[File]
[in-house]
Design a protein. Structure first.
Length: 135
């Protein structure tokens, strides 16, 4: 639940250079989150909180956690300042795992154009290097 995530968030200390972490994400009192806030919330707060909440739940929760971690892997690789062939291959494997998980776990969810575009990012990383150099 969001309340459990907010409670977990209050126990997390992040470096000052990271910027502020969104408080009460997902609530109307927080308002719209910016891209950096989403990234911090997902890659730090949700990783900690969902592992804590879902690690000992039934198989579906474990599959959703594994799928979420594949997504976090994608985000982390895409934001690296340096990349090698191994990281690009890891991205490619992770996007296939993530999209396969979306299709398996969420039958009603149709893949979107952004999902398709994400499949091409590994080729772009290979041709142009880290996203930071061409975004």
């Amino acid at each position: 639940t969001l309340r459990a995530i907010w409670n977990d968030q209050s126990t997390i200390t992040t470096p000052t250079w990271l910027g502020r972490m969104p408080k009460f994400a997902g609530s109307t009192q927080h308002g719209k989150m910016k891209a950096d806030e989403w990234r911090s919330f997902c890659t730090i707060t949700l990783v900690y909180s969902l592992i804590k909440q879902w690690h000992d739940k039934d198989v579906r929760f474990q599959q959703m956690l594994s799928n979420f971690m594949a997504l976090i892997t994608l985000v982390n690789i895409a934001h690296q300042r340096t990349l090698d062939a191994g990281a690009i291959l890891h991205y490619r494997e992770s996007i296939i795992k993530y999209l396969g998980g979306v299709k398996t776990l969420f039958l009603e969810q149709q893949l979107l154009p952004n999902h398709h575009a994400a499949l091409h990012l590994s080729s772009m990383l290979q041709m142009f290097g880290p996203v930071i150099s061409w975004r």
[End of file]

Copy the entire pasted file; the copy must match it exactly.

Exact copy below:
[in-house]
Design a protein. Structure first.
Length: 135
């Protein structure tokens, strides 16, 4: 639940250079989150909180956690300042795992154009290097 995530968030200390972490994400009192806030919330707060909440739940929760971690892997690789062939291959494997998980776990969810575009990012990383150099 969001309340459990907010409670977990209050126990997390992040470096000052990271910027502020969104408080009460997902609530109307927080308002719209910016891209950096989403990234911090997902890659730090949700990783900690969902592992804590879902690690000992039934198989579906474990599959959703594994799928979420594949997504976090994608985000982390895409934001690296340096990349090698191994990281690009890891991205490619992770996007296939993530999209396969979306299709398996969420039958009603149709893949979107952004999902398709994400499949091409590994080729772009290979041709142009880290996203930071061409975004």
């Amino acid at each position: 639940t969001l309340r459990a995530i907010w409670n977990d968030q209050s126990t997390i200390t992040t470096p000052t250079w990271l910027g502020r972490m969104p408080k009460f994400a997902g609530s109307t009192q927080h308002g719209k989150m910016k891209a950096d806030e989403w990234r911090s919330f997902c890659t730090i707060t949700l990783v900690y909180s969902l592992i804590k909440q879902w690690h000992d739940k039934d198989v579906r929760f474990q599959q959703m956690l594994s799928n979420f971690m594949a997504l976090i892997t994608l985000v982390n690789i895409a934001h690296q300042r340096t990349l090698d062939a191994g990281a690009i291959l890891h991205y490619r494997e992770s996007i296939i795992k993530y999209l396969g998980g979306v299709k398996t776990l969420f039958l009603e969810q149709q893949l979107l154009p952004n999902h398709h575009a994400a499949l091409h990012l590994s080729s772009m990383l290979q041709m142009f290097g880290p996203v930071i150099s061409w975004r």